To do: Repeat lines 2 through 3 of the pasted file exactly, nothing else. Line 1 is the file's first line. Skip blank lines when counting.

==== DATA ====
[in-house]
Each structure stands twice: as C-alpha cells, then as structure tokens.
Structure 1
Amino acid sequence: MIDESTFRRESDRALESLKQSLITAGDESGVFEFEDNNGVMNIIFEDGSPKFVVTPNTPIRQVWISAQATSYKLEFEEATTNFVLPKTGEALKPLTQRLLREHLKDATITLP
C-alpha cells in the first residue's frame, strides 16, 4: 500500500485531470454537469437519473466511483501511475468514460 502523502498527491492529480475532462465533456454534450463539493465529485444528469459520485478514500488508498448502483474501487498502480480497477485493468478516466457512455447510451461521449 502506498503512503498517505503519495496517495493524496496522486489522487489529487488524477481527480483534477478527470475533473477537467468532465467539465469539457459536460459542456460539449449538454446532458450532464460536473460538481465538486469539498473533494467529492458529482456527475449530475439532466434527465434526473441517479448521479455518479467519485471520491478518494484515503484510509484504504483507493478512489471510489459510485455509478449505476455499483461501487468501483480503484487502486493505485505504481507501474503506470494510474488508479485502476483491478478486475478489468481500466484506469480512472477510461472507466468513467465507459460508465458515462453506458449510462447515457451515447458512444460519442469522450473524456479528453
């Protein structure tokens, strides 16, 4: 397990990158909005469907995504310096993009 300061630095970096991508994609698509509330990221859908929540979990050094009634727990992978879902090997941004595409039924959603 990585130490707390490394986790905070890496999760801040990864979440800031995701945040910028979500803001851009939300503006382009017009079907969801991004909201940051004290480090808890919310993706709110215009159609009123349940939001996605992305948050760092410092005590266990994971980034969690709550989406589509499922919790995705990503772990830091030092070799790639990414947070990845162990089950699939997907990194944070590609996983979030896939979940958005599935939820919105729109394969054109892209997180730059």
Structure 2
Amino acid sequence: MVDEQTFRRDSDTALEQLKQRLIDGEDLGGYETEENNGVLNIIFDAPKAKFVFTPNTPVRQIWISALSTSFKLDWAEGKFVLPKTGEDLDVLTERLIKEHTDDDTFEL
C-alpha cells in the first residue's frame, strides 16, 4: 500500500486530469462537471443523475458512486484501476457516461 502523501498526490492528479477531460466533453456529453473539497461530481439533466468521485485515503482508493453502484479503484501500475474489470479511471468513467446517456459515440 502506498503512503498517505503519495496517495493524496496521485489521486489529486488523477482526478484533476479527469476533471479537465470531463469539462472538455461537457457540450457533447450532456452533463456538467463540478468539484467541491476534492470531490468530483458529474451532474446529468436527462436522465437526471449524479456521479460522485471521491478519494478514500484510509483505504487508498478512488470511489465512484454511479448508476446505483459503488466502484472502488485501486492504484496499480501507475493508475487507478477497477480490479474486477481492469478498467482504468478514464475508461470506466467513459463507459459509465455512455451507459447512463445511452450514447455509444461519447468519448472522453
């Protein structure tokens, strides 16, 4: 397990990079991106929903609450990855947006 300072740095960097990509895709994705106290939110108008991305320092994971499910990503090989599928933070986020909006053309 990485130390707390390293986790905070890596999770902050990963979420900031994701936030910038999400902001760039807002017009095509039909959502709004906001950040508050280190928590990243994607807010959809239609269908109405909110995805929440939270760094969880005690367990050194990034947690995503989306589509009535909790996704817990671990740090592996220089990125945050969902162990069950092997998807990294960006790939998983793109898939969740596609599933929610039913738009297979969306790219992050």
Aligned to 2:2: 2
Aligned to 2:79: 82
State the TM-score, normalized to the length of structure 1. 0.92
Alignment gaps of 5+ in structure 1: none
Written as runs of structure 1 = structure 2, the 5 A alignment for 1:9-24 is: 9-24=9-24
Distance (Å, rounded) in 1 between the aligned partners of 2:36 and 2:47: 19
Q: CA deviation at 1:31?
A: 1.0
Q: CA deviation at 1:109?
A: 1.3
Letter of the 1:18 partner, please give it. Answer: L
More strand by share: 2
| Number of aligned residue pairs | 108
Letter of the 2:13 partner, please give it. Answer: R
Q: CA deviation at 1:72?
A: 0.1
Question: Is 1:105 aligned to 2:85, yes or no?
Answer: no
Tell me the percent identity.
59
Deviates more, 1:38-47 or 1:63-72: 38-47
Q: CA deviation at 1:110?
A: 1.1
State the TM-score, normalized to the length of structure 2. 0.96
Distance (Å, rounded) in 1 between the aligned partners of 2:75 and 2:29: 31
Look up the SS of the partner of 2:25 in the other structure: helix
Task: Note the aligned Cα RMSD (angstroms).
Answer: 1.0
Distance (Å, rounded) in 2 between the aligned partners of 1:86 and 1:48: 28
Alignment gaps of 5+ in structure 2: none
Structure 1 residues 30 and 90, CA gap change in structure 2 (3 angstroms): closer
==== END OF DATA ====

Each structure stands twice: as C-alpha cells, then as structure tokens.
Structure 1